Pakistan reports first case of Omicron variant in woman from Karachi – Pakistan

Pakistan reported its first case of the new coronavirus variant Omicron on Wednesday, the Sindh health department said.

The provincial health department’s media coordinator, Mehar Khursheed, confirmed the detection of the first Omicron case in a woman from Karachi. She said the infected woman was admitted for treatment at Aga Khan University Hospital and was unvaccinated.

The 65-year-old has been discharged from the hospital and is currently isolated at home, according to a notification from the District Health Office in Karachi’s East district. She does not have a travel history.

According to the notification, the rapid response team was “taken on board immediately” for tracing, testing, quarantining, vaccination and other preventive measures to control the infection’s spread as per the guidelines of the National Command and Operation Centre.

The district’s health team also “immediately” contacted the woman’s family to take a detailed history and trace her contacts.

Two of the woman’s contacts, who also tested positive for the coronavirus but do not have the Omicron variant, are admitted to the Aga Khan University Hospital, the notification added.

The deputy commissioner of the district has also been requested to take the necessary action — micro smart lockdown — according to the notification.

‘Inevitable’ arrival

Last month, Federal Planning Minister Asad Umar and Special Assistant to the Prime Minister on Health Dr Faisal Sultan had sounded the alarm, saying that the arrival of the Omicron variant was inevitable and a matter of time.

“This [strain] has to spread in the whole world as we saw before that when a variant comes, the world is so interconnected that it is impossible to stop it,” Umar had said, adding that vaccination was the most logical solution to curb the threat.

On November 30, the Sindh government issued new guidelines — applicable from December 1-15 — to curb Covid-19’s transmission in wake of the threat posed by the new variant.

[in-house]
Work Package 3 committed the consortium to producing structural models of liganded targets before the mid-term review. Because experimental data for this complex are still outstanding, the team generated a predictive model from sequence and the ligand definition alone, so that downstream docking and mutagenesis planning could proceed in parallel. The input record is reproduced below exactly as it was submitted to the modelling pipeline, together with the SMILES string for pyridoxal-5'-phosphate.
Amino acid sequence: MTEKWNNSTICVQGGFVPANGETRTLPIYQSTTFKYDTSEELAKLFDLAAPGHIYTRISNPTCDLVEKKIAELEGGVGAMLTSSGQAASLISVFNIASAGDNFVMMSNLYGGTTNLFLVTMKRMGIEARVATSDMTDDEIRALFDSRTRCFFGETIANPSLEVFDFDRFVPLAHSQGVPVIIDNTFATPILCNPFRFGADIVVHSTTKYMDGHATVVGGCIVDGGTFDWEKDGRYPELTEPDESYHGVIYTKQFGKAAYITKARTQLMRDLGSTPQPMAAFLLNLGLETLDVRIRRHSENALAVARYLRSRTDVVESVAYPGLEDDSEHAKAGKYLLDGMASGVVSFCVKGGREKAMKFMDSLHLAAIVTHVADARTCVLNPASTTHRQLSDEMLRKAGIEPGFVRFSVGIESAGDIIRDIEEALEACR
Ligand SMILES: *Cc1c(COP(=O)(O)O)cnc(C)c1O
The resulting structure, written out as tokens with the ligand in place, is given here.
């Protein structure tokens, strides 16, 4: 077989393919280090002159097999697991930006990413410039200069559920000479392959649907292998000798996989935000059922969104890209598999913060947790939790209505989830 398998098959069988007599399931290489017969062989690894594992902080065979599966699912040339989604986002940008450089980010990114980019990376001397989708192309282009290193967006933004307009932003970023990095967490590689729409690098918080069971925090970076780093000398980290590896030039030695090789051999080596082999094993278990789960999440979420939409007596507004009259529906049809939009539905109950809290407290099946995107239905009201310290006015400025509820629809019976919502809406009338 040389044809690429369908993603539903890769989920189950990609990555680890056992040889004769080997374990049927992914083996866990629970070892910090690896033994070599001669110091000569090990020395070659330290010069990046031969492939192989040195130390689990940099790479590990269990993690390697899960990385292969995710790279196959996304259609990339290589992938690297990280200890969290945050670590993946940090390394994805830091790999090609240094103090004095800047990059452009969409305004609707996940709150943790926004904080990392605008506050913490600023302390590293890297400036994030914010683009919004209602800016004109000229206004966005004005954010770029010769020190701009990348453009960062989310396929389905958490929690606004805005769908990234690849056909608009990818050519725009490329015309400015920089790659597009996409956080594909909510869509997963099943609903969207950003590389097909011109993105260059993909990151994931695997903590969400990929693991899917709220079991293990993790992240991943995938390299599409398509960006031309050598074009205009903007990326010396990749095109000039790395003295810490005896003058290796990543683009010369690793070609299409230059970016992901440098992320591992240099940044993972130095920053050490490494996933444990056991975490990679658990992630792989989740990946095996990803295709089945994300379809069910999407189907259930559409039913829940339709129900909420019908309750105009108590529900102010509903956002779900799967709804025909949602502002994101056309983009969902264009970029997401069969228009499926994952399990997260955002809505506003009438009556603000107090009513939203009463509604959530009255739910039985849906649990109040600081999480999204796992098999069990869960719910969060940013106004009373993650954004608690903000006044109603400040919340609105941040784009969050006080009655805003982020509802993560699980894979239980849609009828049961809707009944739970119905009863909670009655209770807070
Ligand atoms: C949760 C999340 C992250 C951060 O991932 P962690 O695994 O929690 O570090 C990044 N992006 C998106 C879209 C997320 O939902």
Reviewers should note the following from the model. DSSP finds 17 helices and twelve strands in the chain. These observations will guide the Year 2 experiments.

Covid-19 curbs in Sindh:

  • Indoor, outdoor gatherings allowed for vaccinated individuals. For Karachi, Sukkur and Sanghar the limit is 500 people for indoor events and 1,000 for outdoor. For the rest of the province it is 300 people for indoor and 1,000 for outdoor.
  • Indoor dining allowed for vaccinated people till 11:59pm. 70pc occupancy for Karachi, Sukkur, and Sanghar and 50pc for the rest of the province.
  • Outdoor dining is allowed for fully vaccinated citizens till 11:59pm.
  • Markets and businesses can function till 10pm while essential services can operate 24/7.
  • Shrines, indoor gyms and cinemas are open for fully vaccinated individuals.
  • 100pc attendance at offices with routine timings.
  • Amusement parks and swimming pools will operate at 70pc occupancy in Karachi, Sukkur and Sanghar and 50pc for the rest of the province.

The Sindh chief secretary had also directed the district administration to exhibit its full commitment to enforcing non-pharmaceutical interventions and take strict action against violators.

The Sindh health department had also earlier decided to inoculate all residents with a booster shot of Pfizer keeping in view the increased risk of transmission and re-infection posed by the Omicron variant.

Travel ban

Pakistan had placed a complete ban on Nov 27 on travel from six south African countries — South Africa, Lesotho, Eswatini, Mozambique, Botswana and Namibia — and Hong Kong in the wake of the variant’s discovery.

This travel ban was later extended to nine more countries — Croatia, Hungary, Netherlands, Ukraine, Ireland, Slovenia, Vietnam, Poland and Zimbabwe.

Additionally, the NCOC placed 13 countries comprising United States, United Kingdom, Germany, Trinidad and Tobago, Azerbaijan, Mexico, Sri Lanka, Russia, Thailand, France, Austria, Afghanistan and Turkey in category B.

All passengers from these countries need to be fully vaccinated, while everyone above the age of six must possess a negative PCR test report issued not more than 48 hours before boarding.

Omicron has been classified by the World Health Organisation as a “highly transmissible” variant — the same category that includes the predominant Delta variant.

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